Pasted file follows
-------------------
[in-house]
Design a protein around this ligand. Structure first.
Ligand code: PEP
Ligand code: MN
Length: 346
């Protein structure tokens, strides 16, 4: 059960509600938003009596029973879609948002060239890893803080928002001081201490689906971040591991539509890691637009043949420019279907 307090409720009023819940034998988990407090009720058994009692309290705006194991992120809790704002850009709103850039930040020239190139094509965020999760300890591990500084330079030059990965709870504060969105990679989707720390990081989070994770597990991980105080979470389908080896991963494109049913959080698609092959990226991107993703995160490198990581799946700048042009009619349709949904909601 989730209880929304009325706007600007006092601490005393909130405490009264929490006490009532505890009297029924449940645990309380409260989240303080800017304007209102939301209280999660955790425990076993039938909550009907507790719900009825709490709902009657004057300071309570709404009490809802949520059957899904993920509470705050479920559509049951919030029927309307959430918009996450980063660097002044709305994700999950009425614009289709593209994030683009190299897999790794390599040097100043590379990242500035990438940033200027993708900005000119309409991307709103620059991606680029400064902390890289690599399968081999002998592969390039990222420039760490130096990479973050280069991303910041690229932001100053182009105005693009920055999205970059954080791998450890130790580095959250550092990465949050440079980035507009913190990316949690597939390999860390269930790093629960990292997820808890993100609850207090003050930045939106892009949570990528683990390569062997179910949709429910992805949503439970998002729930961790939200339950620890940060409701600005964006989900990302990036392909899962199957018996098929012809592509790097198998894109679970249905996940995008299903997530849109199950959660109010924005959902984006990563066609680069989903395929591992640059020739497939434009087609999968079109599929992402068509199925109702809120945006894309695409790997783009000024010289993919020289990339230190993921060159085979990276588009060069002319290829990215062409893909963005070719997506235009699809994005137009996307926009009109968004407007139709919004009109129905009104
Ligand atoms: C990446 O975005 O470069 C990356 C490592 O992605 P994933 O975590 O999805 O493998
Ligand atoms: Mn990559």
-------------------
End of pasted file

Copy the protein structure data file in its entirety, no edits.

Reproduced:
[in-house]
Design a protein around this ligand. Structure first.
Ligand code: PEP
Ligand code: MN
Length: 346
């Protein structure tokens, strides 16, 4: 059960509600938003009596029973879609948002060239890893803080928002001081201490689906971040591991539509890691637009043949420019279907 307090409720009023819940034998988990407090009720058994009692309290705006194991992120809790704002850009709103850039930040020239190139094509965020999760300890591990500084330079030059990965709870504060969105990679989707720390990081989070994770597990991980105080979470389908080896991963494109049913959080698609092959990226991107993703995160490198990581799946700048042009009619349709949904909601 989730209880929304009325706007600007006092601490005393909130405490009264929490006490009532505890009297029924449940645990309380409260989240303080800017304007209102939301209280999660955790425990076993039938909550009907507790719900009825709490709902009657004057300071309570709404009490809802949520059957899904993920509470705050479920559509049951919030029927309307959430918009996450980063660097002044709305994700999950009425614009289709593209994030683009190299897999790794390599040097100043590379990242500035990438940033200027993708900005000119309409991307709103620059991606680029400064902390890289690599399968081999002998592969390039990222420039760490130096990479973050280069991303910041690229932001100053182009105005693009920055999205970059954080791998450890130790580095959250550092990465949050440079980035507009913190990316949690597939390999860390269930790093629960990292997820808890993100609850207090003050930045939106892009949570990528683990390569062997179910949709429910992805949503439970998002729930961790939200339950620890940060409701600005964006989900990302990036392909899962199957018996098929012809592509790097198998894109679970249905996940995008299903997530849109199950959660109010924005959902984006990563066609680069989903395929591992640059020739497939434009087609999968079109599929992402068509199925109702809120945006894309695409790997783009000024010289993919020289990339230190993921060159085979990276588009060069002319290829990215062409893909963005070719997506235009699809994005137009996307926009009109968004407007139709919004009109129905009104
Ligand atoms: C990446 O975005 O470069 C990356 C490592 O992605 P994933 O975590 O999805 O493998
Ligand atoms: Mn990559």